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Monday, January 5, 2015
Book review: Inferno by Dan Brown
Synopsis at Good Reads
Harvard professor of symbology Robert Langdon awakens in an Italian hospital, disoriented and with no recollection of the past thirty-six hours, including the origin of the macabre object hidden in his belongings. With a relentless female assassin trailing them through Florence, he and his resourceful doctor, Sienna Brooks, are forced to flee. Embarking on a harrowing journey, they must unravel a series of codes, which are the work of a brilliant scientist whose obsession with the end of the world is matched only by his passion for one of the most influential masterpieces ever written, Dante Alighieri's The Inferno.
My review at Good Reads
3 of 5 stars
First I will say there like this book a lot more than I did the last book I read by Dan Brown. I still haven't figured out if I really like the book or just kind a like the book. It's the oddest sensation I’ve ever had after reading a book. The art history offered in the book was fantastic and the facts about the art mostly accurate. I've read other reviews of Brown's work and I agree there is a tendency to add “known opinions” that never existed in with facts in a way that makes large parts of the fiction created around the fact to be more real than they are. But reader beware; don’t believe everything you read in FICTION. Brown does a great job of using researched facts to create a conspiracy theory on which to base the plot of his books. I really don't think that's a bad thing but sometimes it can be overdone. I guess it's both what I like most about the book and what bugs me most about the book. I like how all of the puzzle pieces fit together using the facts to create fiction. I wasn't crazy about the over-facting. It started to become tiresome.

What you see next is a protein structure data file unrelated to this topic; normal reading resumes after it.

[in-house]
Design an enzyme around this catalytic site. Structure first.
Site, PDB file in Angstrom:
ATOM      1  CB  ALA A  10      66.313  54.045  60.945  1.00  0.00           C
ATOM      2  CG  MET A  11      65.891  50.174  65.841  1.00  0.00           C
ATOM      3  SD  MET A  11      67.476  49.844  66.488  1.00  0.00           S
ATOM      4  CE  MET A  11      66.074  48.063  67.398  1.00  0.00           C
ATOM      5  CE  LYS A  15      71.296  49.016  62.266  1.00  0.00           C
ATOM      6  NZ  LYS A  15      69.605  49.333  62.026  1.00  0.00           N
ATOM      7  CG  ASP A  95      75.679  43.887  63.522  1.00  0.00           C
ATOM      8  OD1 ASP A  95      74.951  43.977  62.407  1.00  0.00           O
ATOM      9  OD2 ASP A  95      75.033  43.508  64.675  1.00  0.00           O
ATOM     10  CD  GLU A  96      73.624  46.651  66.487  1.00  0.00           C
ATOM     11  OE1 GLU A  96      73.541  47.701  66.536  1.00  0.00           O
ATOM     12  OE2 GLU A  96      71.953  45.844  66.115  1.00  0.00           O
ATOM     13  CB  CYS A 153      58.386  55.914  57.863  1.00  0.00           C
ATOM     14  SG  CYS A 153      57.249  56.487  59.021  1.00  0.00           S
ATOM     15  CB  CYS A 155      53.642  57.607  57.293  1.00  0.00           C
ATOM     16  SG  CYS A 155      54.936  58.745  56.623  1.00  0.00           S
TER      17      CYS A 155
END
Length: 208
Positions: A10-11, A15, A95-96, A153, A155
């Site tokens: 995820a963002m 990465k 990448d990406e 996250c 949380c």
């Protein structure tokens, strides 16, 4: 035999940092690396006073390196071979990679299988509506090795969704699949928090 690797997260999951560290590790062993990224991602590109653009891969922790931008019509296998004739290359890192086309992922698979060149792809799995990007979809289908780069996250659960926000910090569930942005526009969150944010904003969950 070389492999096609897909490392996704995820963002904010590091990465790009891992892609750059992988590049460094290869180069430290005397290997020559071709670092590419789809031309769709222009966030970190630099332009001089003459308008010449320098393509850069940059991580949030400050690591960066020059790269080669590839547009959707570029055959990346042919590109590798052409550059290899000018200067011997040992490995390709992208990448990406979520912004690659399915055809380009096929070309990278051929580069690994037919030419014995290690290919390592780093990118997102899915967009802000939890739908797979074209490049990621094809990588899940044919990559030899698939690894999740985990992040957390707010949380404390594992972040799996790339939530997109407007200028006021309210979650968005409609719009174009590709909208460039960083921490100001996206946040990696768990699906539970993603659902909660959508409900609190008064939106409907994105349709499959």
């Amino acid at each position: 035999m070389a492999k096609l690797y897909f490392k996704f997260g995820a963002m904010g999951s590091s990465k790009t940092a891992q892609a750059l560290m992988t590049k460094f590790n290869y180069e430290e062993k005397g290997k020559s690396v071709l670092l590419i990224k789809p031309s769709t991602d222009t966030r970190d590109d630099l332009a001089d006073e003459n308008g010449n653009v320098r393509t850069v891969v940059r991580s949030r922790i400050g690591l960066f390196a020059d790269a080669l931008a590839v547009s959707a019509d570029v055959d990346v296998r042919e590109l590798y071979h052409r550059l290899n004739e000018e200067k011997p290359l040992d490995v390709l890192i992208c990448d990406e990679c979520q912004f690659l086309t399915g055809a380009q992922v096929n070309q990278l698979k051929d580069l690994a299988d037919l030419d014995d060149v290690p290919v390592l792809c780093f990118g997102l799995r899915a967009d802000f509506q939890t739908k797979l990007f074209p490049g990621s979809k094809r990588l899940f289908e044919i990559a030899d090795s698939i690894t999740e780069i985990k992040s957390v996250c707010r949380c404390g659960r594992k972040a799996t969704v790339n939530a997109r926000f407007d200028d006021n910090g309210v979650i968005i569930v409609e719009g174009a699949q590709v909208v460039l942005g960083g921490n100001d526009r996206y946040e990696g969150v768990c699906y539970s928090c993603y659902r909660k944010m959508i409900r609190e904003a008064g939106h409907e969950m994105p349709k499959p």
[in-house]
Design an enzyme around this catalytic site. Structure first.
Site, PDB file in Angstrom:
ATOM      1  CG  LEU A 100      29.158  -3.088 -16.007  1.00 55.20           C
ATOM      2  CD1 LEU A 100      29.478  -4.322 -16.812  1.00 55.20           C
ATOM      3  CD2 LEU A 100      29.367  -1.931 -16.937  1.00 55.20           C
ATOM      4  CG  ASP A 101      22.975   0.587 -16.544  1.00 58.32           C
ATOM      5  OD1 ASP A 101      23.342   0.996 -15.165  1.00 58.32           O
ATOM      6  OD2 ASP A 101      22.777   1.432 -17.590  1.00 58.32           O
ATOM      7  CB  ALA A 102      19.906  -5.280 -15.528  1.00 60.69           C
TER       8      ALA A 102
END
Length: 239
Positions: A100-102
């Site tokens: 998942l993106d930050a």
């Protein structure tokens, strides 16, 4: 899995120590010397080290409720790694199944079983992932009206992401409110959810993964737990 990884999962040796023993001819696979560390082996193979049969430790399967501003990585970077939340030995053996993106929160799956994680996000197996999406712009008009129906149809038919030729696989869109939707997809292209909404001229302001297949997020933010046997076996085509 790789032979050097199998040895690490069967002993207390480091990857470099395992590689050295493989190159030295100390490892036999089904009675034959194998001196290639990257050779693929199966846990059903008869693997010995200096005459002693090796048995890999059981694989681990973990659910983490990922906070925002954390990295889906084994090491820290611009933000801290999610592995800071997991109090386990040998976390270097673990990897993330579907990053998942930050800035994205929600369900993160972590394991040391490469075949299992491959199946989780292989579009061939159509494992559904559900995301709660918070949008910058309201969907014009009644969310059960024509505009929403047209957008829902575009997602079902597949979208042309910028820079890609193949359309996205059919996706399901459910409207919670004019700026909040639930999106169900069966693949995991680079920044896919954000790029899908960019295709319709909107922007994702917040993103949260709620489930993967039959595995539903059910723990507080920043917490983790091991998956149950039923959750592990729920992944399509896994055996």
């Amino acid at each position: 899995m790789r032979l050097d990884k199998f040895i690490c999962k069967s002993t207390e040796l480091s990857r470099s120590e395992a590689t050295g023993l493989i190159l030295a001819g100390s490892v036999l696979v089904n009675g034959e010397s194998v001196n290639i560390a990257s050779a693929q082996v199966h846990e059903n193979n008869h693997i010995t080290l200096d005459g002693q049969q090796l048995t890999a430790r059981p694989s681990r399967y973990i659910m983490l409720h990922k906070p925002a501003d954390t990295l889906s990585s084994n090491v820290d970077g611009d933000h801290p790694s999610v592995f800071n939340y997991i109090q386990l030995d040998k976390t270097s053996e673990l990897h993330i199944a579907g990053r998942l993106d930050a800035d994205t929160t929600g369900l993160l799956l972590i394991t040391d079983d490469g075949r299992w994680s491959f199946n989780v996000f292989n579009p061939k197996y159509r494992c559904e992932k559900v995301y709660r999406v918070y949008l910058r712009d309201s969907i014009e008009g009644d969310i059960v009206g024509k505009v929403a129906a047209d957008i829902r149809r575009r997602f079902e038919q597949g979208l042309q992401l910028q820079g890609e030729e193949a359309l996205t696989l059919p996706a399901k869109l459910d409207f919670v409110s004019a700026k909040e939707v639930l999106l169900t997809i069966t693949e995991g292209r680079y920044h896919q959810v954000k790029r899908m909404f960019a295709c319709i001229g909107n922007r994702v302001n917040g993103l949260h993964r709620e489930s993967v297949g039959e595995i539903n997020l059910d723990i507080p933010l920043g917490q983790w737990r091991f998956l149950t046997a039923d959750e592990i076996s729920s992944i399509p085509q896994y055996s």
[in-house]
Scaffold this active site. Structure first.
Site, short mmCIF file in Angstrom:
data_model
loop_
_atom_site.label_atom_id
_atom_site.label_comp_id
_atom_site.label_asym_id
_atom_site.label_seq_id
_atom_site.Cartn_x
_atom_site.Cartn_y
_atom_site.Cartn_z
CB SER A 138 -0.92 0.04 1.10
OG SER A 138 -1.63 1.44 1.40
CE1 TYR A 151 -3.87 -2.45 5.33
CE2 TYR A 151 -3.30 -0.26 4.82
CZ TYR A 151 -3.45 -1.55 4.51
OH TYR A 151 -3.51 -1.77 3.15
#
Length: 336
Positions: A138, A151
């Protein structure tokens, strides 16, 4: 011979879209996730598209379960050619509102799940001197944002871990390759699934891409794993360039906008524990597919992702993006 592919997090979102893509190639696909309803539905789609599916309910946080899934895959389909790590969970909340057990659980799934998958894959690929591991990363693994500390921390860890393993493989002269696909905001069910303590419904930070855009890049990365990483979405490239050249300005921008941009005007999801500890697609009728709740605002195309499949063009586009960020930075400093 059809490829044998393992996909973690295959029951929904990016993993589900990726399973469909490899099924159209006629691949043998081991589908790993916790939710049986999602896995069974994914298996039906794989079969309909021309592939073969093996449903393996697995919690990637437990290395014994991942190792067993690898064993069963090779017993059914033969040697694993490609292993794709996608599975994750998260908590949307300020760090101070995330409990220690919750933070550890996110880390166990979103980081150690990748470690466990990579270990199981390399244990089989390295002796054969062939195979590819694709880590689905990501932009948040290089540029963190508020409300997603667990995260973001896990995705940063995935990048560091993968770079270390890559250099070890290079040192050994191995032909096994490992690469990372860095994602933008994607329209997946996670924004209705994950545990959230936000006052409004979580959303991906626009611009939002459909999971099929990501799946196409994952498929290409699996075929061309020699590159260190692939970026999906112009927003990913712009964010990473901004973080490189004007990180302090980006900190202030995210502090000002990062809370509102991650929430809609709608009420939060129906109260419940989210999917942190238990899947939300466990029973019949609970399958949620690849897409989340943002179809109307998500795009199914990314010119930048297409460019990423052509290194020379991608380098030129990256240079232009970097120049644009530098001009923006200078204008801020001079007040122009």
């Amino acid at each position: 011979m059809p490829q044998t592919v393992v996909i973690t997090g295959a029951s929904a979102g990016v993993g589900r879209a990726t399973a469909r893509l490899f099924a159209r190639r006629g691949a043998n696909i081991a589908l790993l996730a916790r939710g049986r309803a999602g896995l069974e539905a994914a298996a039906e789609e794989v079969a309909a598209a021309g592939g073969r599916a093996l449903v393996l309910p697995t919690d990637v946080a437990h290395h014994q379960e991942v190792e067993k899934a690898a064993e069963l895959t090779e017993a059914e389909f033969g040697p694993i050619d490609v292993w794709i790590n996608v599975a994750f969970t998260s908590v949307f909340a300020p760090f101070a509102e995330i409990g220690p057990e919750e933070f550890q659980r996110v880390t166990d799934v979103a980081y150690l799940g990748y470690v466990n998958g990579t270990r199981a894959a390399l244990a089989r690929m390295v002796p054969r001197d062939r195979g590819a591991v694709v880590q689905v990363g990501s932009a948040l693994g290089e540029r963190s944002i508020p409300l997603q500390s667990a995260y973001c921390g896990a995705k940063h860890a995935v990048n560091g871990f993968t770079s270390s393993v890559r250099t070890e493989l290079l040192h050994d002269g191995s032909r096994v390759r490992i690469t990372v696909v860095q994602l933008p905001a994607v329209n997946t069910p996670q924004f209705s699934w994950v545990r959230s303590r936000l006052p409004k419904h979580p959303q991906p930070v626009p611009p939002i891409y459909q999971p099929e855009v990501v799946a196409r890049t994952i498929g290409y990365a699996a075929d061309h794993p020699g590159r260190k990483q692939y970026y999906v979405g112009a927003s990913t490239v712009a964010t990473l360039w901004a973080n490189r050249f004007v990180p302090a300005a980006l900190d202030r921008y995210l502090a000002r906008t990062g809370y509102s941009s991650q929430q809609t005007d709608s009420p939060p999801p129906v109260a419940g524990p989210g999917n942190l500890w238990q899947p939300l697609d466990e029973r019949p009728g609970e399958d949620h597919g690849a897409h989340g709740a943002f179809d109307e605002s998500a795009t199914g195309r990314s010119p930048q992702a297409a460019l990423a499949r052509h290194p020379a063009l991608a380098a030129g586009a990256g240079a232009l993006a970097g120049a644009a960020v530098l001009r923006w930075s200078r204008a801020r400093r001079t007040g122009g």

But more than the conspiracy theory story that was sometimes overdeveloped I was bugged by characters that were a unbelievable. When you're developing a story that supposed to make the reader believe they are reading more possible additional facts, the characters need to be more believable. In the book that starts with the hero, Robert Langdon suffering from partial amnesia he has an incredible ability to remember just everything that he's ever come in contact with. Couple that with the female main character, Sienna Brooks, who is beyond genius with an IQ higher than most of the most intelligent people on earth and it it leaves the reader expecting no mistakes to ever be made and a much shorter book.
The end was too long. After a catastrophic climax that was left dangling at the end the rest of the book almost seems forced, as if there needed to be “something” else in there. It actually is kind of a sad ending in the unsolved global crisis and our lead hero taking a nap on the plane on the way home. It just left me feeling frustrated that no one actually did anything. I think a conspiracy theory fiction is supposed to leave you feeling hopeful that something can be done, not like a victim. I could just be reading too much into that too.
The action was good the details a bit overdone, but I like detail of historic art so I can't complain about that too much, but I am bothered by the unbelievability of many of the characters and definitely some parts of the plot. Oddly, however, as many little things about the book as I can easily complain about and as disappointed as I felt with the ending I can't really say that I didn't enjoy the book. Odd indeed.